Assembly Concurrent Resolution No. 128


Assembly Concurrent Resolution No. 128—Relative to Sickle Cell Anemia Awareness Month.

[Filed with Secretary of State September 7, 2016.]


ACR 128, Brown. Sickle Cell Anemia Awareness Month.

This measure would recognize the month of September 2016 as Sickle Cell Anemia Awareness Month.

WHEREAS, Sickle cell anemia and sickle cell disease, used interchangeably, refer to a group of inherited disorders that affect the red blood cells; and

WHEREAS, Sickle cell anemia is a disease in which a person’s body produces abnormally shaped red blood cells that resemble a crescent or sickle and that do not last as long as normal round red blood cells, which leads to anemia. The sickle cells also get stuck in blood vessels and block blood flow, which can cause pain and organ damage; and

WHEREAS, Sickle cell anemia is a genetic disorder that occurs in individuals who are born with two sickle cell genes, each inherited from one parent. An individual with only one sickle cell gene has “sickle cell trait,” which occurs in one out of every 12 African Americans and in one out of every 100 Latinos in the United States; and

WHEREAS, According to the United States Department of Health and Human Services Office of Minority Health, approximately two million Americans carry the sickle cell trait, and unlike most people with sickle cell anemia, most people who have sickle cell trait never know they have it and can live their entire lives without any complications from it; and

WHEREAS, Serious problems associated with sickle cell trait are rare. However, exercise-related sudden death in individuals who have sickle cell trait most commonly occurs in those undergoing intense physical exertion, such as military recruits in basic training and athletes during conditioning workouts; and

WHEREAS, Individuals with sickle cell trait should not be excluded from physical activity, including sports, unless recommended by medical personnel. Instead, people should be educated about precautions that should be taken, including drinking adequate amounts of fluids, pacing training with longer periods of rest and recovery, avoiding participation in performance tests such as sprints and mile runs, and, most importantly, being familiar with the symptoms of overexertion; and

WHEREAS, According to the federal Centers for Disease Control and Prevention, it is estimated that more than 90,000 Americans have sickle cell anemia. Sickle cell anemia occurs in one out of every 500 African American births and in one out of every 36,000 Latino births; and

WHEREAS, Sickle cell anemia can be a life-threatening condition, and access to comprehensive care can be limited by social, economic, cultural, and geographic barriers; and

WHEREAS, The average cost of hospitalization for sickle cell anemia in 2004 was $6,223, for more than 84,000 hospital admissions that year. Total hospitalization costs for individuals with sickle cell anemia equaled $488,000,000, of which 65 percent were covered by Medicaid funds; and

WHEREAS, Individuals living with sickle cell anemia encounter barriers to obtaining quality care and improving their quality of life. These barriers include limitations in geographic access to comprehensive care, the varied use of effective treatments, the high reliance on emergency care and public health programs, and the limited number of health care providers with knowledge and experience to manage and treat sickle cell anemia; and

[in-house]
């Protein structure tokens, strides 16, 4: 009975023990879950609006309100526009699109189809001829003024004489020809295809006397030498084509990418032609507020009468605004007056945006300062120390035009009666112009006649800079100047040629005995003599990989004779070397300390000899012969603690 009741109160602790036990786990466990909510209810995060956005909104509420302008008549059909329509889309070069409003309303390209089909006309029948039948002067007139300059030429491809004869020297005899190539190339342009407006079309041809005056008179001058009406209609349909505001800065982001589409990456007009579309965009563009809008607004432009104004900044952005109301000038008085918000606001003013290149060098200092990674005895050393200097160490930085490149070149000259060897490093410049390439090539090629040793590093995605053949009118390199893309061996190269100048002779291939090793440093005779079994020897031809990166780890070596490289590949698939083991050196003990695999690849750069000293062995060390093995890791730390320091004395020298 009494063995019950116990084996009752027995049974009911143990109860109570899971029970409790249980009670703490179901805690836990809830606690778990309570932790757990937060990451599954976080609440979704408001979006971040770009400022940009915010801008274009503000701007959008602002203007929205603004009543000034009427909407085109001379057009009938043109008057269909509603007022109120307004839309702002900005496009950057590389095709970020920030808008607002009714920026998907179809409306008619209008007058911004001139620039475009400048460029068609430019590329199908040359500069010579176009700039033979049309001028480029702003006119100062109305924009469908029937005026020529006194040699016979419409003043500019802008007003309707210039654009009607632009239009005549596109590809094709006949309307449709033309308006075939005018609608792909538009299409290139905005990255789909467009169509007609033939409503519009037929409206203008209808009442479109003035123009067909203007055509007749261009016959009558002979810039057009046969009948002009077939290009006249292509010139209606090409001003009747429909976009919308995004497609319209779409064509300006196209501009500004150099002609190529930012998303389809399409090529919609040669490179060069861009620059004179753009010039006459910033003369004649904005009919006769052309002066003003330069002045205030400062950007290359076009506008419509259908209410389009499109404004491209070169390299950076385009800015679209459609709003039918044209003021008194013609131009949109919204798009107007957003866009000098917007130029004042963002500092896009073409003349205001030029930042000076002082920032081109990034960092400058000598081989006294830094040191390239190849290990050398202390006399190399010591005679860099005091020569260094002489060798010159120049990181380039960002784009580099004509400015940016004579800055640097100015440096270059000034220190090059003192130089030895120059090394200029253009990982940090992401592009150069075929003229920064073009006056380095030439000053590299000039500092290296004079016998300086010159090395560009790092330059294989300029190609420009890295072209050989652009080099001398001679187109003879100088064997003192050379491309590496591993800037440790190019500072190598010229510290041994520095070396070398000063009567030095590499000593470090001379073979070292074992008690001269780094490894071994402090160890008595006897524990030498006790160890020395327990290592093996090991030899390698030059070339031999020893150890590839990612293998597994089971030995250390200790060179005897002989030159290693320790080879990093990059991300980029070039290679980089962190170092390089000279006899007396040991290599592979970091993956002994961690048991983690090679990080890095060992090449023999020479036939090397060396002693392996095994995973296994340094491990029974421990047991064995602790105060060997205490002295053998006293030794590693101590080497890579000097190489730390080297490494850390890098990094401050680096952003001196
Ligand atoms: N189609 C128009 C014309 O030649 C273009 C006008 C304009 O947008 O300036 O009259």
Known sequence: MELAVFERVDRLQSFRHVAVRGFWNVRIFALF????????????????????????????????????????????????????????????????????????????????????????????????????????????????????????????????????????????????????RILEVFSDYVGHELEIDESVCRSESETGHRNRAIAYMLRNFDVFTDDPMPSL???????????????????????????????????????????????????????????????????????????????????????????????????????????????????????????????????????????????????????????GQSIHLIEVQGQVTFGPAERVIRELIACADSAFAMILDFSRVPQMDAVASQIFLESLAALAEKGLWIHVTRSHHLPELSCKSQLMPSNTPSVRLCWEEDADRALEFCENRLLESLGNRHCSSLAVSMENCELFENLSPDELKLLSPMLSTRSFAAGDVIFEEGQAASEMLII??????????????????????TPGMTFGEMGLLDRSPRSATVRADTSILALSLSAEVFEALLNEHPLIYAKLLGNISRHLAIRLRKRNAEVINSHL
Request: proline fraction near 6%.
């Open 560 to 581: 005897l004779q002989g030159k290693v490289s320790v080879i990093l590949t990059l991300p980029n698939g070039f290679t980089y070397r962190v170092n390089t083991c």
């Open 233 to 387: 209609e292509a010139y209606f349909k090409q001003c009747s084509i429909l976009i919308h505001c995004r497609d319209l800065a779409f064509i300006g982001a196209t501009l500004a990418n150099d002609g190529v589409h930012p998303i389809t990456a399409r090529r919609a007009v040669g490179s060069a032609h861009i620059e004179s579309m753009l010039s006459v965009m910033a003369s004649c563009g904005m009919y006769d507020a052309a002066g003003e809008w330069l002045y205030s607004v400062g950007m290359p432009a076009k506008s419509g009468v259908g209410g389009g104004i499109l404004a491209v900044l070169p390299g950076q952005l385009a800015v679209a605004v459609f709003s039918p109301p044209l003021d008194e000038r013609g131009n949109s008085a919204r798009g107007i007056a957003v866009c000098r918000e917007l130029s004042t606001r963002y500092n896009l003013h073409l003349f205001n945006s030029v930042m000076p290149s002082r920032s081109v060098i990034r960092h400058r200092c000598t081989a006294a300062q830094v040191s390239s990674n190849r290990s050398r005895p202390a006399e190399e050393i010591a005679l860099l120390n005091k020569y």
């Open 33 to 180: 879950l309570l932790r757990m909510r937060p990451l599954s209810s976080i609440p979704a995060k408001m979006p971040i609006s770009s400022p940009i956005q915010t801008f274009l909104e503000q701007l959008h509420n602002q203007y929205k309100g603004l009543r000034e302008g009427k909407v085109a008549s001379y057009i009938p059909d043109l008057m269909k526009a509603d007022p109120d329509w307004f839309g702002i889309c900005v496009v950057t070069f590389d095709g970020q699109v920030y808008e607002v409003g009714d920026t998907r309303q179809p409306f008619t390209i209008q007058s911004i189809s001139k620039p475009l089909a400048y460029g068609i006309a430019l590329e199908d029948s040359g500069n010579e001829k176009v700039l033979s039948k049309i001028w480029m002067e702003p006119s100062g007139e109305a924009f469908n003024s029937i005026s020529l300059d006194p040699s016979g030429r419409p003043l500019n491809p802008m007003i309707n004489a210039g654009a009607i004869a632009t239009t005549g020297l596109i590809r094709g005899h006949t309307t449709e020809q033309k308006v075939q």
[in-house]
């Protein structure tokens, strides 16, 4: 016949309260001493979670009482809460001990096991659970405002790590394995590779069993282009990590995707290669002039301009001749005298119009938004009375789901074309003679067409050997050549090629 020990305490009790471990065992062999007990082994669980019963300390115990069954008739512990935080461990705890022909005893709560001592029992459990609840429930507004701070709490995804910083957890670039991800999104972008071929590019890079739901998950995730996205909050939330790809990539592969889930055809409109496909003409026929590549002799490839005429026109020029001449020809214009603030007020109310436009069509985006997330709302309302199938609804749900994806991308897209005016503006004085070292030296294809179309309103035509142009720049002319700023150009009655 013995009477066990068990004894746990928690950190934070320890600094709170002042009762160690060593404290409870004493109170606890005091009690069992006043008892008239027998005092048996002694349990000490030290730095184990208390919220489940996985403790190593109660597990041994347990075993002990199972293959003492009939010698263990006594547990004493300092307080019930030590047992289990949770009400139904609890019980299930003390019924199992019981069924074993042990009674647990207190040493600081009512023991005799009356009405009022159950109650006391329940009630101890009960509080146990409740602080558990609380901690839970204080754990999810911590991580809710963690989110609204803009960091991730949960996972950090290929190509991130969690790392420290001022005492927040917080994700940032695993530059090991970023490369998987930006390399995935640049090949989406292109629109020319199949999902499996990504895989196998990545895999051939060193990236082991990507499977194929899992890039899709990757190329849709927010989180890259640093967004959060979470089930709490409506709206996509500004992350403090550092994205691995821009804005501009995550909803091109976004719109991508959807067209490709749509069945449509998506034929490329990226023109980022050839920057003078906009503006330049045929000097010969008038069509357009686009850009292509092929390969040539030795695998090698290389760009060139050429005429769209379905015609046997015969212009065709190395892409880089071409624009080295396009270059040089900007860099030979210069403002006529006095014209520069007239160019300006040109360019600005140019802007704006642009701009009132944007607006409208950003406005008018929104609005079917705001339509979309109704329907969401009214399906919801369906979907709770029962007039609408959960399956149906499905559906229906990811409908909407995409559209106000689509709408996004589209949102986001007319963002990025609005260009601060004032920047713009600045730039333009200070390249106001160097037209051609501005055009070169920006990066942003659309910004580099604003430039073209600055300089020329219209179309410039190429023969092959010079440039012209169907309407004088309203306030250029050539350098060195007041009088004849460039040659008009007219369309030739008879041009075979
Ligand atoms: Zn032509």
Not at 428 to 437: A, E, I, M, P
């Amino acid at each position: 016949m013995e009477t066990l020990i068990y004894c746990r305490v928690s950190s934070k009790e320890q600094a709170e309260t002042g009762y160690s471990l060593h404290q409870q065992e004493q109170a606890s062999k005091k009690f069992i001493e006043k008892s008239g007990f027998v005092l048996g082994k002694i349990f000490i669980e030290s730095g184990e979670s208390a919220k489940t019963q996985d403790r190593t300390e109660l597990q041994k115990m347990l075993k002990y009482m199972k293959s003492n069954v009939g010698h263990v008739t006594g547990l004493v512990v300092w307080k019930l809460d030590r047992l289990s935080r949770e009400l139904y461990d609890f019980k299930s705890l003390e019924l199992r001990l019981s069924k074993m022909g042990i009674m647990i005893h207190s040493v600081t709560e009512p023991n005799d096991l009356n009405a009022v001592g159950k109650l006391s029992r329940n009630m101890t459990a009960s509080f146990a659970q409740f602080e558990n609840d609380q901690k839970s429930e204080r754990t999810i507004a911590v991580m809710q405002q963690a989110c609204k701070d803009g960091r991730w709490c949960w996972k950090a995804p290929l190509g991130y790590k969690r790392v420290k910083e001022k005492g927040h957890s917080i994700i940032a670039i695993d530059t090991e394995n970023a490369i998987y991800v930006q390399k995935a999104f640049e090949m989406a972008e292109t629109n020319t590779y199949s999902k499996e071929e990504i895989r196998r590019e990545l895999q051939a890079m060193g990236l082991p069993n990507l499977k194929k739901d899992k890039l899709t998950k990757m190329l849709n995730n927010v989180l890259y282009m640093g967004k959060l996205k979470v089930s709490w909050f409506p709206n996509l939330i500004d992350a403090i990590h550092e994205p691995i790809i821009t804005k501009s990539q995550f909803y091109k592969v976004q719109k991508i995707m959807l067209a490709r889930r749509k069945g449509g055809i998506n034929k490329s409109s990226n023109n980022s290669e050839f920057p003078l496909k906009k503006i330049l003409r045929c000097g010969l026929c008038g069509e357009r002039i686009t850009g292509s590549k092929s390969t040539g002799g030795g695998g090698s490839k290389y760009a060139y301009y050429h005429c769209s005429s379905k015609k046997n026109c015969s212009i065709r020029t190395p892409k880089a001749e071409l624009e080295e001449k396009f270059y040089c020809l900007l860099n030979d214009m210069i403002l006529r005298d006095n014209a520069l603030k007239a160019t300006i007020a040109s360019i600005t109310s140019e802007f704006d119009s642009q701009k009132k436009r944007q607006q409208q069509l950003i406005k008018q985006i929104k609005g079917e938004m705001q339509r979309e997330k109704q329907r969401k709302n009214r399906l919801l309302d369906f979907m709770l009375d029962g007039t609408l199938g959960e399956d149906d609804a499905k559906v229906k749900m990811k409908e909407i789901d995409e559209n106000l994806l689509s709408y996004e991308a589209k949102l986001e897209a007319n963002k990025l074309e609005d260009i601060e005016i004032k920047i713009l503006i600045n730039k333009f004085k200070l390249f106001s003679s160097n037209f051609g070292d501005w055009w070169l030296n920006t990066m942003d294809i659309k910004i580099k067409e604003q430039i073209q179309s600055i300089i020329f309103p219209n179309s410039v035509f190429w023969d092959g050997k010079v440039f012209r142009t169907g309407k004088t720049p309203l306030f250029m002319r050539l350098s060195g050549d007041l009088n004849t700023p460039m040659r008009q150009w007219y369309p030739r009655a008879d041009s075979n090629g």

WHEREAS, The Sickle Cell Anemia Control Act was signed into law in 1972 by President Richard Nixon after pledging that his administration would “reverse the record of neglect of the dreaded disease” by increasing funding for and expanding sickle cell anemia-related programs, including the development of comprehensive sickle cell anemia centers; and

WHEREAS, In 1975, the Sickle Cell Disease Association of America, Inc., and its member organizations began conducting month-long events in September to call attention to sickle cell anemia and the need to address the problem at national and local levels, and chose September as National Sickle Cell Awareness Month in order for the public to reflect on the children and adults whose lives, education, and careers have been affected by this disease; and

WHEREAS, Sickle cell disease is a chronic condition that can affect any organ, including the kidneys, lungs, and spleen. Research indicates that patients experience many severe complications, including stroke, infections, and pulmonary embolism; and

WHEREAS, Pain is the most common complication of sickle cell disease and the primary reason that people with the disease go to the emergency room or hospital; and

WHEREAS, While there is no widely available cure for sickle cell disease, emerging treatments, including medications that prevent blood cells from sickling, are being studied; and

WHEREAS, A potentially groundbreaking investigational drug, GMI 1070, designed to treat painful vaso-occlusive crises, which occur when red blood cells lump together and impede blood flow in sickle cell patients, has been found to be safe following a clinical trial at the University of California, Davis; and

WHEREAS, In 2003, the Sickle Cell Treatment Act was signed into law; and

WHEREAS, The effort to officially recognize Sickle Cell Anemia Awareness Month succeeded at the federal level in 1983 when the United States House of Representatives unanimously passed, and President Ronald Reagan signed, the first resolution introduced by the Congressional Black Caucus that recognized September as National Sickle Cell Anemia Awareness Month; now, therefore, be it

Resolved by the Assembly of the State of California, the Senate thereof concurring, That the Legislature recognizes the month of September 2016 as Sickle Cell Anemia Awareness Month; and be it further

Resolved, That the Chief Clerk of the Assembly transmit copies of this resolution to the author for appropriate distribution.